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Some things to know before you vote

The Brown-Lupton University Union will be a county early voting station from Monday through Friday next week. The hours of operation will be 7 a.m. to 7 p.m. In the meantime, here are some tips if you are confused about how to vote.

For early voting on campus, students will need to bring their voter registration card and a photo ID. For voting stations in the area, most forms of photo identification will be taken, said Steve Raborn, Tarrant County elections administrator.

Early voting in Tarrant County started Oct. 20 and will last through the end of the month. If a student lives away from the campus or can’t make it to the BLUU in time, there are several locations in Fort Worth where students can vote early such as the Tarrant County Elections Center, the Tarrant County Plaza Building and the Southside Community Center. Cynthia Walsh, assistant dean of student development and a member of TCU’s Vote Purple, Vote Smart team, said when she asked students if they were registered, they would give her a straight “yes” or “no” answer, but when she followed up with a question about where they will vote, she often got a confused response.

“There’s a whole laundry list of acceptable identification,” Raborn said. “Most voters bring either their voter certificate or driver’s license, but they can use student ID if it has a photo. We don’t have a photo ID requirement in the state, but if you do have a photo ID that establishes your identity like an employee card or student ID or even a Sam’s Club card, that will suffice.”

Raborn added that driver’s licenses from out of state are acceptable too.

Raborn said voters are not allowed to wear campaign T-shirts, buttons or anything promoting a candidate. He said that might be a problem, especially for new voters. People who wear clothes or accessories promoting a political party into the polling place will usually be forced to turn the shirts inside out, Raborn said.

“It’s a long-standing Texas law that you can’t wear campaign materials into the polling place,” Raborn said. “You can’t wear it within 100 feet of the outside door of the polling place.”

For a list of county early voting stations, visit

Out-of-State Voting

Voters who have moved to Texas have called the Tarrant County Elections Center with several questions, Raborn said. Students have the option of remaining registered at their home or registering at their college, but the deadline for registration has already passed. Another option for out-of-state voters is to use an absentee ballot, but voters would have to check their home county’s rules and deadlines, Raborn said. For voters who moved from another county in Texas, they can vote by mail in their home county but must have written a request to their home county by Oct. 28, Raborn said.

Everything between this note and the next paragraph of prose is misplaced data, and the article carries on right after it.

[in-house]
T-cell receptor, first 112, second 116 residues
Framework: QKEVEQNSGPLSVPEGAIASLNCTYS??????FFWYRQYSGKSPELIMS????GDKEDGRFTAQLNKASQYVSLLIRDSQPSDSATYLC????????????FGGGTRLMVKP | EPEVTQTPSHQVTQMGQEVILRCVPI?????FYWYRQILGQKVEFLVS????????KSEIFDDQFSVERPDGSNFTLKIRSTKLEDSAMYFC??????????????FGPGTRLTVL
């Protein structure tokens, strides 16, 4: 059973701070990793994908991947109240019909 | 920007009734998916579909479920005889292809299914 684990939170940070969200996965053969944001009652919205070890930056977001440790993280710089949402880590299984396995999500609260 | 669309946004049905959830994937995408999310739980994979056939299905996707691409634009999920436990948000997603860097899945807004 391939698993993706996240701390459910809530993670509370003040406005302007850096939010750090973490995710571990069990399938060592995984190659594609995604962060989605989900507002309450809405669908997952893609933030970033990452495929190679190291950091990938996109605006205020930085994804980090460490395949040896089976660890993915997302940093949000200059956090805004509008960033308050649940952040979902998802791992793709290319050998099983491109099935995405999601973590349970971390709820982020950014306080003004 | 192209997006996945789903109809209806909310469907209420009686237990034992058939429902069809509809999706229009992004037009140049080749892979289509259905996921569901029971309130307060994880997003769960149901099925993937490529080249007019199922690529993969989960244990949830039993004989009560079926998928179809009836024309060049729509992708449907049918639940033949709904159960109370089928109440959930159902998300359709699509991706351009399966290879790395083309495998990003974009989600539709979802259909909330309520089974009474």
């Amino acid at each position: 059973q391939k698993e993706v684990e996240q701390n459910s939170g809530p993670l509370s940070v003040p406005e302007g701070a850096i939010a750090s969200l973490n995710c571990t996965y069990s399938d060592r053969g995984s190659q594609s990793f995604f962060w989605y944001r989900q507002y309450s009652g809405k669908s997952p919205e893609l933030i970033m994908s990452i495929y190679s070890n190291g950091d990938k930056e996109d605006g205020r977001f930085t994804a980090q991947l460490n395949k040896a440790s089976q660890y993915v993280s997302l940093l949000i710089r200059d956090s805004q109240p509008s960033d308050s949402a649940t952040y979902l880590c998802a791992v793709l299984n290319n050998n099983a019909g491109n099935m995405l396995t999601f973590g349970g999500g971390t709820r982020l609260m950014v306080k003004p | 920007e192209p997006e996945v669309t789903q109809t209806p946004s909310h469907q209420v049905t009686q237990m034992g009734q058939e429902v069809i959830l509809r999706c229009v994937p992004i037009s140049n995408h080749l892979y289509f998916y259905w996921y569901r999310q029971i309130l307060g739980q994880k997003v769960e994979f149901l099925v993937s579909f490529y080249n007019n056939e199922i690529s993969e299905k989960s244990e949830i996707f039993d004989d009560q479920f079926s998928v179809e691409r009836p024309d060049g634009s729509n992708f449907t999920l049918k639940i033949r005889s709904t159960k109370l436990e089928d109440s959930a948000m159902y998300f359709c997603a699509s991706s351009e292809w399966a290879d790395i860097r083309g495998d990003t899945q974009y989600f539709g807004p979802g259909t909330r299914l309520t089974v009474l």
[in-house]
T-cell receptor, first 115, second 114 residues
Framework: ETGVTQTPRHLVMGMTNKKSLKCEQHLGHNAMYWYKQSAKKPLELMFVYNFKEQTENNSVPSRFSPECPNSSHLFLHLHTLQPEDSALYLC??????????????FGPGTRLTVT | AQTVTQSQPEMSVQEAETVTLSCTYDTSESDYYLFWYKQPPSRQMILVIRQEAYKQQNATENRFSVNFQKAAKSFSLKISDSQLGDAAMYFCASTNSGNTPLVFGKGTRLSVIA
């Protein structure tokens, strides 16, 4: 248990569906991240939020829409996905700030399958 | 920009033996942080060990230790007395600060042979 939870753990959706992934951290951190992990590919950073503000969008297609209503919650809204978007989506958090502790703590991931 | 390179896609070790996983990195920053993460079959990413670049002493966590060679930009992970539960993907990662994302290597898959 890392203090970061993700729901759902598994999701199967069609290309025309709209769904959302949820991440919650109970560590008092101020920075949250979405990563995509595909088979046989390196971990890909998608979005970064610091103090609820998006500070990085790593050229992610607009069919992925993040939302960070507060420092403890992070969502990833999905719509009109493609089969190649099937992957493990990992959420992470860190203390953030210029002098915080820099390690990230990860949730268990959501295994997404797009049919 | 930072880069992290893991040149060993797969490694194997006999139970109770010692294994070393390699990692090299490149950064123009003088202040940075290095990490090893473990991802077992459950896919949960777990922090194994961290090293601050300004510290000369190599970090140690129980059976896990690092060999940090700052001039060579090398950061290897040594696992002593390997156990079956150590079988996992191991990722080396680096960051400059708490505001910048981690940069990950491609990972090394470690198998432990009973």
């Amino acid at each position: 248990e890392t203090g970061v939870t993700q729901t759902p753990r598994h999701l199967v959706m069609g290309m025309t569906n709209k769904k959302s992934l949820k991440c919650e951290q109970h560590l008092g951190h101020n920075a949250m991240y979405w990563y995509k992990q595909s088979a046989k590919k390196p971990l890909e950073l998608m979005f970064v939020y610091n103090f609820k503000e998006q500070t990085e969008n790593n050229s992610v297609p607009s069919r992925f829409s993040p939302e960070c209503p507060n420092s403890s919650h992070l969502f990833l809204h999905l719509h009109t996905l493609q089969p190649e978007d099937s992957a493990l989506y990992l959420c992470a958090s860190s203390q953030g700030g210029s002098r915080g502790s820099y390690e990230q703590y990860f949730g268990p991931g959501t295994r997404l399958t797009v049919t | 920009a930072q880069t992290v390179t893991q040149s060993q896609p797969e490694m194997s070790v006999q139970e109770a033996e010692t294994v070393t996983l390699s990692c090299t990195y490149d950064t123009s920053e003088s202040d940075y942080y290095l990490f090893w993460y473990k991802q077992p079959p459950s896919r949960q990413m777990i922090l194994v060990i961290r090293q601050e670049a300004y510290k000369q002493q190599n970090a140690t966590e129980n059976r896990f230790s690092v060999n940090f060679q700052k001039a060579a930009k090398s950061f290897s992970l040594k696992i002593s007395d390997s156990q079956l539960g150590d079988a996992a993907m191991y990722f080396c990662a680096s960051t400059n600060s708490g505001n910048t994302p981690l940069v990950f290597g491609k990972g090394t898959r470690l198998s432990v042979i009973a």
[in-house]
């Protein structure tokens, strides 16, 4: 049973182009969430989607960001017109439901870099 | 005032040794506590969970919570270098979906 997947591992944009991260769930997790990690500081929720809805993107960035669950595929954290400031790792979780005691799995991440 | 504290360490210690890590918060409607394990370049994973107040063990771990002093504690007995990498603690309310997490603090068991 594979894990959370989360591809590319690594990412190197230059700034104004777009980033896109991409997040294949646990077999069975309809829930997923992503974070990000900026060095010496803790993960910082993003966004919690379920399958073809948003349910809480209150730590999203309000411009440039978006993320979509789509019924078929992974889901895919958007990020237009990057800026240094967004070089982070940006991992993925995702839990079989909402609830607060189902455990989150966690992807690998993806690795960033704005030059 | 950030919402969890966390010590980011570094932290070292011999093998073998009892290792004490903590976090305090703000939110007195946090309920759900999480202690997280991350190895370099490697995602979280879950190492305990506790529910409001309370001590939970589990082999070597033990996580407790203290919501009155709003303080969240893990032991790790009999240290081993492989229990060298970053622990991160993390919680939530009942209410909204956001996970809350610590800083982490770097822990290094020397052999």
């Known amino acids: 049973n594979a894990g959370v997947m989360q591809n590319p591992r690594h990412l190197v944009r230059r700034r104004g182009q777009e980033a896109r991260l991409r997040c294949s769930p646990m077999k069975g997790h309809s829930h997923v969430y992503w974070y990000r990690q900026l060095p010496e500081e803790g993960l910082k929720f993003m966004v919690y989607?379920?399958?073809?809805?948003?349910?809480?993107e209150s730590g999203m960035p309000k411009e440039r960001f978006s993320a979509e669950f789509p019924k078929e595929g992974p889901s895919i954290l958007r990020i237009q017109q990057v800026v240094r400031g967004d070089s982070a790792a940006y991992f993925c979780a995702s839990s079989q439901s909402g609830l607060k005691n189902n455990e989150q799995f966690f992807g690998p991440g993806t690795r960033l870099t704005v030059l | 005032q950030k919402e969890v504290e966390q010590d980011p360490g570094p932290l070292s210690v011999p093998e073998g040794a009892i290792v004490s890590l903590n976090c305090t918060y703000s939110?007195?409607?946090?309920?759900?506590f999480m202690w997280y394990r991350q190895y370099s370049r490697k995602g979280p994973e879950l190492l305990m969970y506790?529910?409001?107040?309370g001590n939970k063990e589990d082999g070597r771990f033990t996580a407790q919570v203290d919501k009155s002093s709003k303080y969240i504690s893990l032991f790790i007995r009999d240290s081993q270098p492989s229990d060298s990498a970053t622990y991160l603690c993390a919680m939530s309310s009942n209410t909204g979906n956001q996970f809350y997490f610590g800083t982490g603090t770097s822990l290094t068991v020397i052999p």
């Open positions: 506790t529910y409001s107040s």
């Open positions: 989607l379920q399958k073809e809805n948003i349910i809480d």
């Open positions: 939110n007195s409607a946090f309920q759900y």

Ashley Griffith, a senior finance major and Arizona native, said problems registering in her home state of Arizona and living in Texas prevented her from voting in the last presidential election. Griffith said she requested an absentee ballot, which was sent to her parents’ address. Her parents sent the ballot to her address in Texas, and she filled it out and sent it back to her home county, but it was too late. This time around, Griffith said she had the absentee ballot sent to her Texas address. With a choice of faxing it or e-mailing it, Griffith faxed her ballot with a copy of her driver’s license before the deadline, but she said it was still a hassle.

“Just stay on top of it, and keep going through the process that they tell you to,” Griffith said.

Myths and Misconceptions

Raborn said one prevalent myth he has heard circulating through e-mails is if someone votes a straight ticket for either major political party, the vote for the presidential race won’t be counted. Raborn said when you vote a straight ticket, you vote for every candidate from a specific party, including the presidential candidate.

Walsh said one of the goals of Vote Purple, Vote Smart is to clear up any misconceptions about the voting system.

Voters who have registered but are confused about where the candidates stand can check out to see the voting records of senators and representatives in Congress. The site has updates on the presidential candidates’ stances on issues such as health care and Wall Street regulation. Another site voters may use to wade through the swarm of attack ads and shifting positions is The site criticizes misleading and even outright false statements from both of the candidates’ campaigns.

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